The best clams are fresh from the ocean and require a thorough cleaning. Follow these easy steps to avoid a spoonful of sand!

  1. Inspect the clams. Discard any clams that have a damaged or broken shell. If they look different or, dare we say, smell different – chances are they will taste different! (And NOT in a good way)! Select uniform, fresh-smelling clams from a reputable seafood vendor.
  2. Rinse the clams. Put your clams in a colander and rinse thoroughly, with cold water, to remove any initial sand and ocean souvenirs. Don’t be too picky yet – you’ll be scrubbing soon!
  3. Brine the clams. Place your clams in a cold, fresh or salt water solution (we use 4 quarts of water to 1/4 cup of sea or kosher salt) for twenty minutes. If the water becomes cloudy, or sand settles at the bottom, rinse and repeat. Repeat once or twice, as needed, until your water remains clear.
  4. Scrub the clams. With a bristle brush (we use a produce brush) scrub your clams clean of any remaining debris under running cold water. Be sure to scrub in all the nooks and crannies along the shell’s perimeter to release any stubborn sand or grit.
  5. Wipe the clams clean. Finally, use a clean kitchen towel to rub the clams dry and collect any remaining oceanic grittiness.

How to Steam Clams

Once your clams are perfectly clean, it’s time to steam! Sure, you could just use water, but how boring is that! Steaming is a great opportunity to infuse flavor directly into your delicate little clams. Whatever you do – DO NOT THROW AWAY THAT STEAMING BROTH! That flavor-packed liquid is paramount in this fabulous Littleneck Clam Chowder! Check the recipe below for our exact measurements and aromatics.

  1. First, select a heavy-bottomed pot or dutch oven that has a tightly-fitting lid. Make sure the pot is big enough to fit all of your clams with enough room for them to spring open. If you have a pot with a glass lid that you can see through – bonus points, use that.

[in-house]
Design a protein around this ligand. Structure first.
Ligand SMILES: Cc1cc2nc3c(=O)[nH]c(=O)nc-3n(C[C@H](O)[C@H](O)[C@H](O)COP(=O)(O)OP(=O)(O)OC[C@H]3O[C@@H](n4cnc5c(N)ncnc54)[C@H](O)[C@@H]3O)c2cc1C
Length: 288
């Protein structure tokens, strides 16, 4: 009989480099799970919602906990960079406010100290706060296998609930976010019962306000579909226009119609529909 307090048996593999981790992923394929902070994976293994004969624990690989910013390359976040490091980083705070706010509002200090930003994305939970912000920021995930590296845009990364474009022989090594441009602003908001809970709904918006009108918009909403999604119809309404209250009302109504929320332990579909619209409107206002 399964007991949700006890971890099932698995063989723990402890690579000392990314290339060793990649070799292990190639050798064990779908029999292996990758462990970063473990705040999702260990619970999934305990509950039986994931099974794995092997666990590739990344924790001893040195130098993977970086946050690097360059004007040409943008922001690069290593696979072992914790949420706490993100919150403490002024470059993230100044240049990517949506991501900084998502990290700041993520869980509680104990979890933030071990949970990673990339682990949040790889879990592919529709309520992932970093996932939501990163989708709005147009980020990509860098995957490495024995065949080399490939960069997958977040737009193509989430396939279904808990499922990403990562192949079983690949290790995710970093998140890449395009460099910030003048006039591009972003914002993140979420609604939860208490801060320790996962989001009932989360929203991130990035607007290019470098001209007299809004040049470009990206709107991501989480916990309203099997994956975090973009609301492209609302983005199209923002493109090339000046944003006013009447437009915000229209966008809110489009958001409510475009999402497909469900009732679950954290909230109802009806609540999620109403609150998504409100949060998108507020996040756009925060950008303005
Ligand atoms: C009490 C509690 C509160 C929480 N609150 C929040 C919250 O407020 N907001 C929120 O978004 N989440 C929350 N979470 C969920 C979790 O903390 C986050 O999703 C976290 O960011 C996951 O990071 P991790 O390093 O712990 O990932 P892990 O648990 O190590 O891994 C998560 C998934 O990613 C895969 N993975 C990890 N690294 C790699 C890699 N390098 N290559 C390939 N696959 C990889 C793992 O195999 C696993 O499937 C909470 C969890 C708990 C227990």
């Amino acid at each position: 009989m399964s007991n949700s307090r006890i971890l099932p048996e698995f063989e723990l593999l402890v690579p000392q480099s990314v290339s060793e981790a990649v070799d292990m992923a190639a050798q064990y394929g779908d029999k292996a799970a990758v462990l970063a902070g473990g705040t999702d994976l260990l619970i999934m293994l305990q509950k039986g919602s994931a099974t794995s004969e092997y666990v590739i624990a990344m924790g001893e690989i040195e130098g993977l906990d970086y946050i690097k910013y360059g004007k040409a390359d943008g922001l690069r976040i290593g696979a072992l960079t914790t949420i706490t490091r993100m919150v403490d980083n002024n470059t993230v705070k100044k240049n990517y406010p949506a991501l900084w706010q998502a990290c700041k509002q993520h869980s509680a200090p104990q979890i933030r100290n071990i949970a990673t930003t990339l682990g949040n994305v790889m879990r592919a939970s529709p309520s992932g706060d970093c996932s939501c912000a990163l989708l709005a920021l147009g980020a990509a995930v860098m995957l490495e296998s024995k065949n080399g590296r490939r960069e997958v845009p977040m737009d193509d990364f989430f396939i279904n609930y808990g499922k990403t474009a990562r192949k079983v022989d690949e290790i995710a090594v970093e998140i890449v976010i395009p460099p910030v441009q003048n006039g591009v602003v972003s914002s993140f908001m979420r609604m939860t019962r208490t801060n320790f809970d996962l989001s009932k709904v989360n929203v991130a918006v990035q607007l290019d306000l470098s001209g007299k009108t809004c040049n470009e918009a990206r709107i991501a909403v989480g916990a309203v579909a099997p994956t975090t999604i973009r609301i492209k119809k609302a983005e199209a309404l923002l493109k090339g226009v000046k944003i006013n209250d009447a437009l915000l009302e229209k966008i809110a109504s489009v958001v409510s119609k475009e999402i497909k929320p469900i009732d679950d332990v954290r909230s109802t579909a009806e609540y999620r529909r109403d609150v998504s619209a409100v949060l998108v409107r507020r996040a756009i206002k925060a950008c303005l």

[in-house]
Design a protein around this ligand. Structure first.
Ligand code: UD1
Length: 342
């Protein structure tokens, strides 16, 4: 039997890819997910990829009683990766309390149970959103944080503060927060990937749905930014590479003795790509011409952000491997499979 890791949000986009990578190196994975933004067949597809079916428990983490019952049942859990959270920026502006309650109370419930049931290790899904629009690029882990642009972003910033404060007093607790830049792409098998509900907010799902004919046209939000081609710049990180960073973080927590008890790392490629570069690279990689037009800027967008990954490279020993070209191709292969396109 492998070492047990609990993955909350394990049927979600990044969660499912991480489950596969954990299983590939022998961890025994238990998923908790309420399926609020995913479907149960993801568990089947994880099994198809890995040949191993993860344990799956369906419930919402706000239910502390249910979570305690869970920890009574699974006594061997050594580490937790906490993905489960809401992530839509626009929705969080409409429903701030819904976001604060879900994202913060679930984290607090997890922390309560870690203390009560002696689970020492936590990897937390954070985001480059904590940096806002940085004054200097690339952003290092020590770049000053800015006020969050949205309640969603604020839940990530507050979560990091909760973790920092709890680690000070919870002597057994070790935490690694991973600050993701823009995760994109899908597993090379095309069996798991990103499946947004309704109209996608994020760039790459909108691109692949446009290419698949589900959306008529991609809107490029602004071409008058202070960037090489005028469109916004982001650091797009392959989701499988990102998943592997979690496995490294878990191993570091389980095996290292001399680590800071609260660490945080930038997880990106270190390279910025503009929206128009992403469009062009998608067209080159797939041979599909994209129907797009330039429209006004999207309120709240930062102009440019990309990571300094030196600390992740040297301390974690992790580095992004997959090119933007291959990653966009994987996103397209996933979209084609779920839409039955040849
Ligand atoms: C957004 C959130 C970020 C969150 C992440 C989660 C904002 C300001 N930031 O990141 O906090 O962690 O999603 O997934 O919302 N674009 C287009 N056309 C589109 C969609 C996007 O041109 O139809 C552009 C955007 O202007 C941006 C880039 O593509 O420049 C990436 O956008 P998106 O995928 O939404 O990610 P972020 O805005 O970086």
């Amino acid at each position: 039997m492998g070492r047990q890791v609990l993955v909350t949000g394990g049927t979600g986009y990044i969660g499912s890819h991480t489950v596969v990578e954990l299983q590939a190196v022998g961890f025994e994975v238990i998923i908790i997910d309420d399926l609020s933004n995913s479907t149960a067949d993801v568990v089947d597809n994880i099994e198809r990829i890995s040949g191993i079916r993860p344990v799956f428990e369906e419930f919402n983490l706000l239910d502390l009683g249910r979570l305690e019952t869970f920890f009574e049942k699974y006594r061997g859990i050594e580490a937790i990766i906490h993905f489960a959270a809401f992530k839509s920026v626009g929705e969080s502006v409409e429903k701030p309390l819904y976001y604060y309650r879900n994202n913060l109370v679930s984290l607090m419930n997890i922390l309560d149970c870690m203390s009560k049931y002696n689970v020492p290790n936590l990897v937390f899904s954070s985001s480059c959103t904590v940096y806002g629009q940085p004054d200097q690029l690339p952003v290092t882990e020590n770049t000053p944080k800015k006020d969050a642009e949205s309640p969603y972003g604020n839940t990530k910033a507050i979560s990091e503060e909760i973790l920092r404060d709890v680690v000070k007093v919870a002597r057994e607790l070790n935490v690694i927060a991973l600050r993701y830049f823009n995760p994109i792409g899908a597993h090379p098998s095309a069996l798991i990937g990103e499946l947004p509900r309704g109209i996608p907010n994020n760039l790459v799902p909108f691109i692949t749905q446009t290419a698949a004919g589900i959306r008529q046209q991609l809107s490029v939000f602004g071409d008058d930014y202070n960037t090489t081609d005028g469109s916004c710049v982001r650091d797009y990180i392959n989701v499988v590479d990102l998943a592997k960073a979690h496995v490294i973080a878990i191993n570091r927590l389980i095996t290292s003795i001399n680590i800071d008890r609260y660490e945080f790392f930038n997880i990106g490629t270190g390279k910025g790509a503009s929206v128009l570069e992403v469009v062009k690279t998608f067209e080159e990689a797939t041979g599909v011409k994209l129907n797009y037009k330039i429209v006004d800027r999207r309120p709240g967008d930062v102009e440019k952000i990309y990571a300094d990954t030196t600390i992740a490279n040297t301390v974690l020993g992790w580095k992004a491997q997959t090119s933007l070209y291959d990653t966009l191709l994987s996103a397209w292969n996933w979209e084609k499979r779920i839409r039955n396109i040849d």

2. Add all of your liquids and aromatics to the pot and bring to a boil. This recipe uses white wine and water for the chowder flavoring liquid, but you can eat steamed clams straight-from-the-pot and they are delicious steamed in a beer or broth, as well. We use about two cups of broth to three pounds of clams.
  3. Carefully add the clams to the boiling liquid and cover with a tightly-fitting lid. Reduce the heat to medium to keep the liquid at a steady simmer. The lid will capture the steam in the pot and delicately cook the clams.
  4. Steam the clams for 6 – 12 minutes. Ideally, you will pluck the clams from the pot (with a pair of tongs) as soon as they spring open. This is easiest if you have a glass-lidded pot that allows you to watch the clams as they cook but, otherwise, don’t be shy to check on your covered clams often, after six or so minutes. As the clams open, they will release their salty clam liquor into the pot and further flavor the steaming liquid. Clams are cooked and safe to eat as soon as they open, even if they just crack slightly ajar.
  5. Transfer your cooked clams (as they spring open) to a bowl lined with a colander. The colander will allow any additional clam liquor to be captured in the bowl beneath. Don’t waste a drop! If clams have just opened slightly, feel free to use your hands or a small knife to further open the shell and reveal your handsome little mollusk meat!
  6. Discard any clams that do not open after 12 – 15 minutes. Sadly, these clams were dead prior to cooking and are not safe to eat. It is not uncommon to have a couple dead clams and is not a cause for concern.
  7. Voila! Your clams are cooked and ready for consumption! This method works for all styles of hard shell clams and can be adapted to your own recipes. For this chowder, gently remove the clams from the shell leaving the fibrous muscle behind. Be sure to open the clams over their colander lined bowl to capture any juices still trapped inside. Chop the clams and cover in a couple tablespoons of their own clam liquor (from the bottom of the bowl) to prevent them from drying until ready to use.
Flat Lay Photo of Clam Chowder surrounded by Littleneck Clam Shells

Building a Flav-ah-ful Chowdah – *Thick Boston Accent Required*

While clams are, surely, the most important factor of building a flavorful chowder – a few other ingredients are essential to the classic, comforting soup. As we mentioned, this Homemade Littleneck Clam Chowder recipe is not 100% traditional – but it’s pretty close. Here are some of the other ingredients we are using and some ideas for substitutions:

  • Shallot – This small brown bulb is in the allium family has a sweet, onion flavor. Substitute a standard yellow onion, or try using leeks for a more delicate flavor.
  • Garlic – We love a few cloves of garlic flavoring our steaming liquid and cream. The aromatics are beautiful and the flavor cannot be beat. We went for a total of five garlic cloves but feel free to measure with your heart and add more or less, as desired.